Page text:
Permanent Residence Through Employment
If you are seeking to recruit or hire a noncitizen from another country for a permanent position, then that person must become a lawful permanent resident to work in the United States. Employers may sponsor an employee for permanent resident status. People seeking permanent resident status, or a "green card," are placed in "priority groups," organized by the qualifications required for the job and by the individual qualifications of the employees themselves.
For some of those priority groups, obtaining employment-based permanent resident status can take a very long time. It is critical to be in the right priority group. Additionally, an employer must be prepared for any issues that might arise during the process of obtaining a green card for an employee.
Houston Immigration Lawyer for Permanent Employment
Kathryn Karam is a Houston immigration lawyer who assists Gulf Coast employers seeking to hire people living outside the United States for permanent positions at their company. Obtaining a green card can be a complicated process. Karam Immigration law excels at finding innovative solutions to difficult problems.
Kathryn Karam has assisted all kinds of employers, from large corporations to small businesses and including governmental entities, with their immigration matters. She understands the issues they face and knows how to address them. Call (832) 582-0620 today to set up a consultation.
Karam Immigration law works with employers throughout the Greater Houston area, including Greenway Plaza, the Energy Corridor, the Galleria Area, The Woodlands, Sugar Land and Clear Lake.
Overview of Employment-Based Green Cards
- When a Green Card is Necessary for Houston Employers
- Priority Groups for Employment-Based Green Cards
- Assisting Texas Employers With Hiring Immigrant Workers for Permanent Jobs
If a position is only temporary, such as for a particular project, only a nonimmigrant visa, or temporary worker visa, is necessary. This is the case even if the project or work is intended to last for a few years.
However, if the position is permanent or indefinite, then you must seek an immigrant visa to obtain permanent resident status. The main test is what the intent was at the time of hire. If a person is coming to the Houston area with a temporary worker visa and U.S. Customs and Border Protection (CBP) suspects the person's true intent is to stay permanently, they may deny entry. CBP may look at the person's ties to their home country or any other factor to determine intent.
However, it is possible for a person to enter the United States with a nonimmigrant visa and work while seeking permanent resident status if they hold a dual-intent visa. A dual-intent visa can be invaluable if you are seeking to bring in an employee soon, but waiting for a green card would take a very long time. Dual-intent visas are available for certain types of temporary worker visas, including an H-1B, for professionals, and an L-1, for intracompany transferees.
If a person enters legally with a nonimmigrant visa and a company wishes to hire that person on a permanent basis, they may seek an adjustment of status (AOS). An AOS is a process by which a person's legal status is changed from nonimmigrant to immigrant.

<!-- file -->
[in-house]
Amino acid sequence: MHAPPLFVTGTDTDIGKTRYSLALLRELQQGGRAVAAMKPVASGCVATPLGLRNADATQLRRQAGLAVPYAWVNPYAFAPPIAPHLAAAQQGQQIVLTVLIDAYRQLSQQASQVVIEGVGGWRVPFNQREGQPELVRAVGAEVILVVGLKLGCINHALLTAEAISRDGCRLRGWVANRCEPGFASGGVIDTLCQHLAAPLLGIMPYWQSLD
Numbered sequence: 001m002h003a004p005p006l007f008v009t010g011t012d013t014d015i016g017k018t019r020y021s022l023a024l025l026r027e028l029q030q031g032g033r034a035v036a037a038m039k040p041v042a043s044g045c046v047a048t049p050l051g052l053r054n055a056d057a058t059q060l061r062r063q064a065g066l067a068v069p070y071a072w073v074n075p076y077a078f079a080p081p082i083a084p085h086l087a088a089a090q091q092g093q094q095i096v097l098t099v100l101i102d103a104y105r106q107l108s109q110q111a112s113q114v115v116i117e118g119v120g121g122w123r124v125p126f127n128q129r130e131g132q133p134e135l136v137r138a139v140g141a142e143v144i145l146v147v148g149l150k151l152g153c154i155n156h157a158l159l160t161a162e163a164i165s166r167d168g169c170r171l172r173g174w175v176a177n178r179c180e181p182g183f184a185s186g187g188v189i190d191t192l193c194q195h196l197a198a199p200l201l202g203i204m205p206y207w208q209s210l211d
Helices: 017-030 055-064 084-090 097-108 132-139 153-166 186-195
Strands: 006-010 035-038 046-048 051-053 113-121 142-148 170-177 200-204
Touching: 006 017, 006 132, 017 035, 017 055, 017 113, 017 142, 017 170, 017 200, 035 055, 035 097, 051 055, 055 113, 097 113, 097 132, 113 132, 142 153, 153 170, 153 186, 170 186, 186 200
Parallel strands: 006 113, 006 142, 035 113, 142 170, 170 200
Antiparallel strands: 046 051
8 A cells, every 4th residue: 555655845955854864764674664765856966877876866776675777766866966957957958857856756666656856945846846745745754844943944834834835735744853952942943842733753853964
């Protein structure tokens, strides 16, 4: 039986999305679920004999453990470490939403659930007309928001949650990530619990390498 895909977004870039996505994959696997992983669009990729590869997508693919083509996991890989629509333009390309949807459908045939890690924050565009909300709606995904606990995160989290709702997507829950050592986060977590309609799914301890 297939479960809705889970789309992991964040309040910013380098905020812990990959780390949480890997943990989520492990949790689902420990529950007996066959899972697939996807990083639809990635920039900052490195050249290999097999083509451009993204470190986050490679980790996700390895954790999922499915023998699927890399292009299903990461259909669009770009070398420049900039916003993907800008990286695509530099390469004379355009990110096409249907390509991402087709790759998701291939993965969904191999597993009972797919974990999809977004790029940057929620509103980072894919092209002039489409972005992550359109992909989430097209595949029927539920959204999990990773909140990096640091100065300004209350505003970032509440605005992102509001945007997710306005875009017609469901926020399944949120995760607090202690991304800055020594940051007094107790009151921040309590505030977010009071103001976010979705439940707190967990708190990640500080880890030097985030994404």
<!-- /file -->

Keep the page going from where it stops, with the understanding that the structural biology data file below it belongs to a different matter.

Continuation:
A Houston employment-based immigration attorney can help assess your situation, determine your company's needs and identify options.
People are ranking into five different "priority groups" when seeking employment-based lawful permanent resident status. The rankings are based on the qualifications of the job and, in some cases, the qualifications of the individual.
- Priority Workers (EB-1): The highest-ranking workers are for those with "extraordinary ability" in arts, sciences, business or athletics. It can also be for outstanding professors and researchers, and the managers and executives of international companies based in the United States.
- Professionals With Advanced Degrees, or Persons With Exceptional Ability (EB-2): Professionals with advanced degrees must have a degree higher than a baccalaureate degree, or a baccalaureate degree and five years of related progressive experience. "Exceptional Ability" means proven ability in sciences, arts or business that is above ordinary. Persons who qualify to be in this priority group may also seek to petition based on a National Interest Waiver or under Schedule A Group II.
- Skilled Workers, Professionals and Unskilled Workers (EB-3): This covers jobs requiring a bachelor’s degree and less than five years of experience, positions requiring some experience but no degree, and jobs not in the other four categories.
- Certain Special Immigrants (EB-4): This group includes certain specific workers, including broadcasters, religious ministers, and people who have worked with the U.S. government in certain capacities.
- Investors (EB-5): To qualify for this category, an immigrant must be investing at least $1 million or $500,000 in Targeted Employment Area (TEA). A TEA is an area with high unemployment or a rural area.
Each category has a different wait time. Your wait time will also depend on which group you fall into and what country you are from. A certain amount of visas are allocated to each. Some, especially those in EB-1, EB-4 and EB-5, are available without a waiting list. Some have a waiting list that extends a decade.
If you are a Houston-area employer seeking to hire a person from outside the United States to a permanent position, an experienced attorney can make a significant difference on your success and how much time it takes. Kathryn Karam assists businesses and employers in the Houston area. Call today at (832) 582-0620 to set up a consultation.